Letters to the Editor

The DUP is making the best case for a united Ireland

Overall, the letter posted by Denis Mayne (August 3) read as a reasonable assessment of the DUP’s lack of strategic political thinking, but its reasonable tone was in my opinion threatened by one phrase ‘dragged into a united Ireland completely unprepared’, as if a united Ireland would be the worst thing in the world – which of course is not  the case unless viewed from a completely pro-UK ideological stance, with no regard to the economy, peace, etcetera.
Then we also hear the DUP MP Sammy Wilson comparing the unionist battle against a united Ireland to the fight against the Nazis in World War Two,  thus managing in a single comment to insult people, north and south, who view themselves as Irish and remind the Germans of a dreadful episode in their history, not to mention how such comparisons might affect the people damaged in that awful war.

The reality is that overall demography, Brexit and the increasingly youthful population in Northern Ireland will make people look south to the Republic of Ireland, an increasingly vibrant liberal country which compares more than favourably to the Victorian statelet of the north, where the rights and needs of many are denied on spurious bases. They will also look south and see a growing economy where the GDP per capita is 17 per cent higher than the UK’s, and an Ireland which overall after unification will reap a unification dividend of tens of billions of euros in less than a decade, according to commissioned reports.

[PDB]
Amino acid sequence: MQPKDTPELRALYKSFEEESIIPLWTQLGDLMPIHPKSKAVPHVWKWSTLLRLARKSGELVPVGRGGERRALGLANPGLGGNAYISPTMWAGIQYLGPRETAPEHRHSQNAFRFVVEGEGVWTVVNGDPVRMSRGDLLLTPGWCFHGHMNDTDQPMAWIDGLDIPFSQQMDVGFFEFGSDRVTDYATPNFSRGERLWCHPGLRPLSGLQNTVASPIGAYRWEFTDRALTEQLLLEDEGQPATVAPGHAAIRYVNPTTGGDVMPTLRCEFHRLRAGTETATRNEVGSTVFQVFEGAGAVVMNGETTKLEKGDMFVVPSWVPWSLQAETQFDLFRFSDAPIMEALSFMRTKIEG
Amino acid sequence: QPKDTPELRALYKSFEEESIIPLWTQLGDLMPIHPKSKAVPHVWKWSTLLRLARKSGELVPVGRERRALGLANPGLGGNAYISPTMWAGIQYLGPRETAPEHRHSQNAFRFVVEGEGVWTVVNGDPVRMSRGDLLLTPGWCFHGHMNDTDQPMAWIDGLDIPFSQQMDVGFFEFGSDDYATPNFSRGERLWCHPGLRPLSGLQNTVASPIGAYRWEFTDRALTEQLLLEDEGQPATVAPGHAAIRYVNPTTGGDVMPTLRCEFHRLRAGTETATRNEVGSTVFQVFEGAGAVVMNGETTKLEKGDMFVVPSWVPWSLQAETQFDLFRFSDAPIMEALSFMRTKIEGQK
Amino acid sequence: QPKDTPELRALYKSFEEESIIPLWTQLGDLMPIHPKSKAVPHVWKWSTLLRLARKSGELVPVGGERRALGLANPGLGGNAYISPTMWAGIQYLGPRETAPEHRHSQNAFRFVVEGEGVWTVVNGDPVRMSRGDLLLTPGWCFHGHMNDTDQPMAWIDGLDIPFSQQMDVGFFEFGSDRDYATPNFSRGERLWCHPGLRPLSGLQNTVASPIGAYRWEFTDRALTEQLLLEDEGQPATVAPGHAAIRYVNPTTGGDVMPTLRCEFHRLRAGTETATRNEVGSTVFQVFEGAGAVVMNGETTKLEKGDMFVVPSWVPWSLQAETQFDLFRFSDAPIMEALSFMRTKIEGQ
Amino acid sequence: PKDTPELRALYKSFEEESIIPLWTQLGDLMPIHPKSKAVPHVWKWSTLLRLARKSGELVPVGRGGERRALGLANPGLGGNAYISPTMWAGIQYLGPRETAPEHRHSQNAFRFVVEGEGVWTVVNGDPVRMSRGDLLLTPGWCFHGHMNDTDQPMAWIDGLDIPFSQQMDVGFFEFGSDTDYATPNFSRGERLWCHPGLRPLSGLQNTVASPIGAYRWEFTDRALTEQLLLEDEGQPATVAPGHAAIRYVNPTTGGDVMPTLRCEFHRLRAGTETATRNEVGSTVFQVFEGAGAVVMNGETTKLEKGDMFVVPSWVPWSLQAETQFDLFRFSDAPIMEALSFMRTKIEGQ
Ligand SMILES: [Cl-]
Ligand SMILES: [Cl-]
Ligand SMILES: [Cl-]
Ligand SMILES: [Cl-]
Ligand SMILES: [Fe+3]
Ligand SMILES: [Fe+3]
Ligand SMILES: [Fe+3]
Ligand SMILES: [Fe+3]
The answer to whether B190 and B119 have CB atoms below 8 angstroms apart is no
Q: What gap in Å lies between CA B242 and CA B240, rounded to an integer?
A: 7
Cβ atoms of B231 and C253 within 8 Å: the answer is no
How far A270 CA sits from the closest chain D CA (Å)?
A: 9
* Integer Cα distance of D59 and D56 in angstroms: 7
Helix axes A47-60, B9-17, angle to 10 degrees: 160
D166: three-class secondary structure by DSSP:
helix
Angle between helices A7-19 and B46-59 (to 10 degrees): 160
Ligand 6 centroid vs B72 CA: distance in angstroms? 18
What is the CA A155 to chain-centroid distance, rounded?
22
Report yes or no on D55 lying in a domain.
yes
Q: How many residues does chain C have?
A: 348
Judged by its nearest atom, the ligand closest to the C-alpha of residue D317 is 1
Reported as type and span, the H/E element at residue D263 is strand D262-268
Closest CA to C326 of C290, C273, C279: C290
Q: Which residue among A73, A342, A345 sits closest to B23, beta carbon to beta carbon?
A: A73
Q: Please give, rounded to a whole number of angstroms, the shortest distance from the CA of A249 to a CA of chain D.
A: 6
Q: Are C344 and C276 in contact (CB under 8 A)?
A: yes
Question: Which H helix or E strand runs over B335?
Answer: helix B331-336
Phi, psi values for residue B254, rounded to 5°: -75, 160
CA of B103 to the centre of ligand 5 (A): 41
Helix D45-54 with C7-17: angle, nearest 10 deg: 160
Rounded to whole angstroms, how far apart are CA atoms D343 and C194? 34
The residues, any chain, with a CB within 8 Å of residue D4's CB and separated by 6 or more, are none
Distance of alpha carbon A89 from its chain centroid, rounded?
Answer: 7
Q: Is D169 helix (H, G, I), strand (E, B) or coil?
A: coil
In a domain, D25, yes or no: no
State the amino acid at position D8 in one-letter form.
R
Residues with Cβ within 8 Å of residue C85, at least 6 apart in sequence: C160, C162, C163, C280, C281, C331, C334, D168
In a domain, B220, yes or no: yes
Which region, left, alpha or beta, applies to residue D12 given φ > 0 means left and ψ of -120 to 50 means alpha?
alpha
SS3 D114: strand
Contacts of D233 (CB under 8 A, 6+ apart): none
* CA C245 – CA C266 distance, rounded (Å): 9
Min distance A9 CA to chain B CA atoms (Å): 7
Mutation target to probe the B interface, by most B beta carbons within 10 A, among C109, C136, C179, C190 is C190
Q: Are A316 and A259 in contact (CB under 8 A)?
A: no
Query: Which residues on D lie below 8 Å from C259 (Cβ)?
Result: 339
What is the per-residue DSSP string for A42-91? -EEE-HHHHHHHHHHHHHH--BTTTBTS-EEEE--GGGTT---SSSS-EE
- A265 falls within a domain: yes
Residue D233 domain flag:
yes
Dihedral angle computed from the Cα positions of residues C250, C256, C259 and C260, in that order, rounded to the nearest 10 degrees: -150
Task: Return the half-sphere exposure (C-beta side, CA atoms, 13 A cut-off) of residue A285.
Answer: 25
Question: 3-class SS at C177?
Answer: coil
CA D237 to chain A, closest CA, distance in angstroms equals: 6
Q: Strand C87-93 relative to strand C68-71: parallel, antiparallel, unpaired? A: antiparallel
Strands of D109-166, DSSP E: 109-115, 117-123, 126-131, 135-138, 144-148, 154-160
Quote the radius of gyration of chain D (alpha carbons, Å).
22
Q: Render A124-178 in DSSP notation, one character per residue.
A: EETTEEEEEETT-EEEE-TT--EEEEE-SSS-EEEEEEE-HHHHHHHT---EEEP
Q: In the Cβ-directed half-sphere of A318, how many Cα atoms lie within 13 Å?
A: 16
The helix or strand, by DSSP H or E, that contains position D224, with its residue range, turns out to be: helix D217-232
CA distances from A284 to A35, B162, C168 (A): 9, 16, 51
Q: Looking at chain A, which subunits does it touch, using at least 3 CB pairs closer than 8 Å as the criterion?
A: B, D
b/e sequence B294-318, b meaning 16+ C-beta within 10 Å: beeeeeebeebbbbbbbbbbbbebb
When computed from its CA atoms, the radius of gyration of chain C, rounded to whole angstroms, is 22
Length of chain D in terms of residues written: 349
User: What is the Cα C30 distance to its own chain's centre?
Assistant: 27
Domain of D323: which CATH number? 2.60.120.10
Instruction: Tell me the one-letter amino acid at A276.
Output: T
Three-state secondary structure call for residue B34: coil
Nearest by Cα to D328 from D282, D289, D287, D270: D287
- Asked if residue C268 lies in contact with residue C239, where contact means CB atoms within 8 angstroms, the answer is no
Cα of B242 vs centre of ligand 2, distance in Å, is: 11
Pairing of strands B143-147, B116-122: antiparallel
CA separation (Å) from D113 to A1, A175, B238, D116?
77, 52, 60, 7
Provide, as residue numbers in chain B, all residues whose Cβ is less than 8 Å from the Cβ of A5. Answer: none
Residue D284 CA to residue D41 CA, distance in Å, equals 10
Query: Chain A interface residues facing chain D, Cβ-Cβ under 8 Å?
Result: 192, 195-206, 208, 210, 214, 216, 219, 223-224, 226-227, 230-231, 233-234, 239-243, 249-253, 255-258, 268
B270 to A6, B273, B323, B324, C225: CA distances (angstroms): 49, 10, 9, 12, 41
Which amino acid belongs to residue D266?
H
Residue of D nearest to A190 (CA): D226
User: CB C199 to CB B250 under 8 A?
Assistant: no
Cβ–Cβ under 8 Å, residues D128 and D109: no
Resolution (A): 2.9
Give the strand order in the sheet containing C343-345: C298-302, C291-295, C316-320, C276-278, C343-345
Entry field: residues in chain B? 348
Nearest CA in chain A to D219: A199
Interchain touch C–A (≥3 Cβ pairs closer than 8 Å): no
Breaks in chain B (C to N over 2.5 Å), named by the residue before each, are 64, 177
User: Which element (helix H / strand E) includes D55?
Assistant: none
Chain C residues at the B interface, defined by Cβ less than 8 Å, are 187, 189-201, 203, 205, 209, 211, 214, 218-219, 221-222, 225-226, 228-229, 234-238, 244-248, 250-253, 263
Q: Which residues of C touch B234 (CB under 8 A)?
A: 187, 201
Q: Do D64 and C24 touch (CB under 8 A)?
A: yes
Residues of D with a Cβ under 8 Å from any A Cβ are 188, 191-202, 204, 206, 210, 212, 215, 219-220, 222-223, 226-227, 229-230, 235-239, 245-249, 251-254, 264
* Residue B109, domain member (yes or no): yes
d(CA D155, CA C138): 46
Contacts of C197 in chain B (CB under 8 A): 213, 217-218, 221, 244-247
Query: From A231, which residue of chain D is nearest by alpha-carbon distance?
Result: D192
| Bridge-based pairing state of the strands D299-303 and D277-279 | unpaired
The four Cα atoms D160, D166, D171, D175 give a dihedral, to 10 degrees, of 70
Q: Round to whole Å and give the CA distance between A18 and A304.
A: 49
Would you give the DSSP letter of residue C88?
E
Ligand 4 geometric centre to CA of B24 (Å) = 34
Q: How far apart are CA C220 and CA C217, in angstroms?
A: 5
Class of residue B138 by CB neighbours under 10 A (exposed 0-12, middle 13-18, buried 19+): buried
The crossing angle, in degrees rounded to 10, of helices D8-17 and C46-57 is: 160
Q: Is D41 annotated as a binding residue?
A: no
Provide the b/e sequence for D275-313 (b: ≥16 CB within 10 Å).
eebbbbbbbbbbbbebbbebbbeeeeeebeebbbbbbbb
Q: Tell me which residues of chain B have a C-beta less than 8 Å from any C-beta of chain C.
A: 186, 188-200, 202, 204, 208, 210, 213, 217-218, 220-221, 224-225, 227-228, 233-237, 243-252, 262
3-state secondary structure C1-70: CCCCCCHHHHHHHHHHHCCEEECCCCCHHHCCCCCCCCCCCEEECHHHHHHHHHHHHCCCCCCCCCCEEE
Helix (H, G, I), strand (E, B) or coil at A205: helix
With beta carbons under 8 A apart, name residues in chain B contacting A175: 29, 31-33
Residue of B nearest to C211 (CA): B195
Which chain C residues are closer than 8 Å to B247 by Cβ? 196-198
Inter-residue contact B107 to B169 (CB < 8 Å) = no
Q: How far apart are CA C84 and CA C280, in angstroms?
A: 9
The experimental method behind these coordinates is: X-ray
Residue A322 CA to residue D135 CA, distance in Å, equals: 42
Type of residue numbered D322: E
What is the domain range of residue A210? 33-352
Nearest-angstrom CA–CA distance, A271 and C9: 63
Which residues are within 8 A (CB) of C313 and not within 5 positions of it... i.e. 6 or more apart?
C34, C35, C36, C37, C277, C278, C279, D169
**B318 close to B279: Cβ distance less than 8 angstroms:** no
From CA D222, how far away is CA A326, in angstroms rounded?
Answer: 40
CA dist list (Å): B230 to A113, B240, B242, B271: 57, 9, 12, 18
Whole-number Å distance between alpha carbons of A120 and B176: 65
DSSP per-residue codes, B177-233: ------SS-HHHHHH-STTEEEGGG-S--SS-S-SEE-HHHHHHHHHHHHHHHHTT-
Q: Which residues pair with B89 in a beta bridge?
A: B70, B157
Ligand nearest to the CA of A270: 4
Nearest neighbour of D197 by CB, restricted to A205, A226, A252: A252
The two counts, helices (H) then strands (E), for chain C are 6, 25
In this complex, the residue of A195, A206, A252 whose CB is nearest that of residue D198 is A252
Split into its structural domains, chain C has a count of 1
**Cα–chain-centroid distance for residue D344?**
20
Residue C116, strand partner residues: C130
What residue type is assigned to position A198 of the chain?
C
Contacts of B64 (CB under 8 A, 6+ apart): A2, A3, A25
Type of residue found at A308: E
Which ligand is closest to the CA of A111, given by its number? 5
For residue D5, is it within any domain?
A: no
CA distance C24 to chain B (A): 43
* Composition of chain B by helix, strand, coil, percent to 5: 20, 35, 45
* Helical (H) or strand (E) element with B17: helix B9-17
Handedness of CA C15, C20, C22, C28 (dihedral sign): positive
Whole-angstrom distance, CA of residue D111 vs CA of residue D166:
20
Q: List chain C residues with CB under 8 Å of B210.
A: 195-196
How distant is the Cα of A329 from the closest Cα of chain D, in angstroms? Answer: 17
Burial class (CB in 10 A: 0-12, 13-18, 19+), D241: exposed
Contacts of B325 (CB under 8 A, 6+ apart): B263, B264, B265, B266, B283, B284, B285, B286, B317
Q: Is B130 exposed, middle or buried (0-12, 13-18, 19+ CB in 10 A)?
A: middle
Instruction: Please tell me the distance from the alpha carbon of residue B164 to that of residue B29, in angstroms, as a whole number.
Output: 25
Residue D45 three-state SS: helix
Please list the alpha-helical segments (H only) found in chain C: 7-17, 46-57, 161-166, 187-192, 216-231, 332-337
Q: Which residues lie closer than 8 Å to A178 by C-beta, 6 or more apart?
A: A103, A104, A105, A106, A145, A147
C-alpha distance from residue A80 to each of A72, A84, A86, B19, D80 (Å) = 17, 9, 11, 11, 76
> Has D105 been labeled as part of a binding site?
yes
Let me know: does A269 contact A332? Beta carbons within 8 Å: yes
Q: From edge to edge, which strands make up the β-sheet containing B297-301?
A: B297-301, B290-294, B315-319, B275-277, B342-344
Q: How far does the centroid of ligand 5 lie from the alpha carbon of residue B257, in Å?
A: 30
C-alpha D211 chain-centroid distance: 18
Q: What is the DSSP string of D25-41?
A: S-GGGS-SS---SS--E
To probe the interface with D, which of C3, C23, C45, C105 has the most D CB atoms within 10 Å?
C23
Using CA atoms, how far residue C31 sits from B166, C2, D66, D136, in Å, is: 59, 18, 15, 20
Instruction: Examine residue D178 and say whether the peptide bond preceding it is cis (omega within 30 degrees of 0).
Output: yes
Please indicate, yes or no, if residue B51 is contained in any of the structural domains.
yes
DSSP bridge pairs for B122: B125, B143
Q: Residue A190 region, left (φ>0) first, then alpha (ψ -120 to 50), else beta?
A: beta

Peter Robinson may at least have the political nous to encourage the DUP to remove its blinkers and acknowledge the truth of a coming border poll, but when they do what they will see will be depressing for them, as a united Ireland presents a picture far more enticing than anything that they could possibly offer, to all but their most ideologically fixed supporters.
I would suggest that they stop quoting small polls of face-to-face interviews which give false readings because of the ‘embarrassed interviewee’ effect [people saying what they felt the interviewer wished to hear] and look instead to the poll held by Lord Ashcroft online, which although still of a limited number of participants was anonymous and therefore removed that embarrassment/ interviewer-pleasing factor, and gave a much more truthful assessment of the increasing support for a united Ireland.